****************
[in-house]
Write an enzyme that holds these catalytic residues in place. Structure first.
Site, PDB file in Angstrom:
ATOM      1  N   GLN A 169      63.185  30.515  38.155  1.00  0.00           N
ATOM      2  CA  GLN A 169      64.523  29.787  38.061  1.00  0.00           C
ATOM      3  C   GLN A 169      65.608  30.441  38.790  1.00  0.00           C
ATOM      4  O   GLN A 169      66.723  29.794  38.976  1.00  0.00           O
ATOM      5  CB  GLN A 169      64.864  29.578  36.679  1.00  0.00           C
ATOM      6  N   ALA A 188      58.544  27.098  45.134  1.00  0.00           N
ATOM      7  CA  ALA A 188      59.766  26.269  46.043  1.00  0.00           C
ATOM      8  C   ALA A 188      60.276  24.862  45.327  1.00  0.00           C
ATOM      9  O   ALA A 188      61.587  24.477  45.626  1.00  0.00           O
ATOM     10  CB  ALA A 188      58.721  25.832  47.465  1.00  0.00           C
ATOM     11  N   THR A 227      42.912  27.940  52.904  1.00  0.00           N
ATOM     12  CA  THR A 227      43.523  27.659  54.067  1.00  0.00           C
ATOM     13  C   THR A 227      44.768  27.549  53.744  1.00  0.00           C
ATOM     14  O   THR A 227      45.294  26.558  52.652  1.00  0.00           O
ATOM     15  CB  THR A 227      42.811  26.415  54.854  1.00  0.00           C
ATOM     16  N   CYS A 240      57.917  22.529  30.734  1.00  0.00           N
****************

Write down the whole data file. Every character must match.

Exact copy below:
[in-house]
Write an enzyme that holds these catalytic residues in place. Structure first.
Site, PDB file in Angstrom:
ATOM      1  N   GLN A 169      63.185  30.515  38.155  1.00  0.00           N
ATOM      2  CA  GLN A 169      64.523  29.787  38.061  1.00  0.00           C
ATOM      3  C   GLN A 169      65.608  30.441  38.790  1.00  0.00           C
ATOM      4  O   GLN A 169      66.723  29.794  38.976  1.00  0.00           O
ATOM      5  CB  GLN A 169      64.864  29.578  36.679  1.00  0.00           C
ATOM      6  N   ALA A 188      58.544  27.098  45.134  1.00  0.00           N
ATOM      7  CA  ALA A 188      59.766  26.269  46.043  1.00  0.00           C
ATOM      8  C   ALA A 188      60.276  24.862  45.327  1.00  0.00           C
ATOM      9  O   ALA A 188      61.587  24.477  45.626  1.00  0.00           O
ATOM     10  CB  ALA A 188      58.721  25.832  47.465  1.00  0.00           C
ATOM     11  N   THR A 227      42.912  27.940  52.904  1.00  0.00           N
ATOM     12  CA  THR A 227      43.523  27.659  54.067  1.00  0.00           C
ATOM     13  C   THR A 227      44.768  27.549  53.744  1.00  0.00           C
ATOM     14  O   THR A 227      45.294  26.558  52.652  1.00  0.00           O
ATOM     15  CB  THR A 227      42.811  26.415  54.854  1.00  0.00           C
ATOM     16  N   CYS A 240      57.917  22.529  30.734  1.00  0.00           N